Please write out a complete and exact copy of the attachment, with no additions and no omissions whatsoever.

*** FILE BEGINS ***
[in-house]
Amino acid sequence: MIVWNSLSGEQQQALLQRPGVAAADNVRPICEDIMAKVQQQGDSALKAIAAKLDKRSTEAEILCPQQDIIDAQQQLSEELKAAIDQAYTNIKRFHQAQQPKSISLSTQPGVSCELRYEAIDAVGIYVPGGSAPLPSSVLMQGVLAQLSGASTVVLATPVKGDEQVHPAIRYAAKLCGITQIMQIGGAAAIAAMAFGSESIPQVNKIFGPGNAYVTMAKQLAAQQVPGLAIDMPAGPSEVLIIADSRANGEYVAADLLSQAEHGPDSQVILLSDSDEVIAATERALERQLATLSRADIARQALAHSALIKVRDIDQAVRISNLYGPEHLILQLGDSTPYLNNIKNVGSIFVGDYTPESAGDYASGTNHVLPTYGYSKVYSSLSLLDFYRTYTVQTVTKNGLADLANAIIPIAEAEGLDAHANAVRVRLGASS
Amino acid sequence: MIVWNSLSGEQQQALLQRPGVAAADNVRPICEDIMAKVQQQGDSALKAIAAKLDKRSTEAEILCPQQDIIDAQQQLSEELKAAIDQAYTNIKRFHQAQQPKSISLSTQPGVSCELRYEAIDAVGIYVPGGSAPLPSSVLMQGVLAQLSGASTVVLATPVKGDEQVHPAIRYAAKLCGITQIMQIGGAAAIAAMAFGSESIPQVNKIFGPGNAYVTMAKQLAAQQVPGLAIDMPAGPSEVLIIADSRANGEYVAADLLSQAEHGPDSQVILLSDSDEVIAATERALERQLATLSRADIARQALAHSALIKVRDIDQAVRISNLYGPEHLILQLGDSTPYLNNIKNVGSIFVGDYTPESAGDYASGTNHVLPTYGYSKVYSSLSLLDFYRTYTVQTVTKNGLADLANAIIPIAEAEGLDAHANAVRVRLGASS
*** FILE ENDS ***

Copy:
[in-house]
Amino acid sequence: MIVWNSLSGEQQQALLQRPGVAAADNVRPICEDIMAKVQQQGDSALKAIAAKLDKRSTEAEILCPQQDIIDAQQQLSEELKAAIDQAYTNIKRFHQAQQPKSISLSTQPGVSCELRYEAIDAVGIYVPGGSAPLPSSVLMQGVLAQLSGASTVVLATPVKGDEQVHPAIRYAAKLCGITQIMQIGGAAAIAAMAFGSESIPQVNKIFGPGNAYVTMAKQLAAQQVPGLAIDMPAGPSEVLIIADSRANGEYVAADLLSQAEHGPDSQVILLSDSDEVIAATERALERQLATLSRADIARQALAHSALIKVRDIDQAVRISNLYGPEHLILQLGDSTPYLNNIKNVGSIFVGDYTPESAGDYASGTNHVLPTYGYSKVYSSLSLLDFYRTYTVQTVTKNGLADLANAIIPIAEAEGLDAHANAVRVRLGASS
Amino acid sequence: MIVWNSLSGEQQQALLQRPGVAAADNVRPICEDIMAKVQQQGDSALKAIAAKLDKRSTEAEILCPQQDIIDAQQQLSEELKAAIDQAYTNIKRFHQAQQPKSISLSTQPGVSCELRYEAIDAVGIYVPGGSAPLPSSVLMQGVLAQLSGASTVVLATPVKGDEQVHPAIRYAAKLCGITQIMQIGGAAAIAAMAFGSESIPQVNKIFGPGNAYVTMAKQLAAQQVPGLAIDMPAGPSEVLIIADSRANGEYVAADLLSQAEHGPDSQVILLSDSDEVIAATERALERQLATLSRADIARQALAHSALIKVRDIDQAVRISNLYGPEHLILQLGDSTPYLNNIKNVGSIFVGDYTPESAGDYASGTNHVLPTYGYSKVYSSLSLLDFYRTYTVQTVTKNGLADLANAIIPIAEAEGLDAHANAVRVRLGASS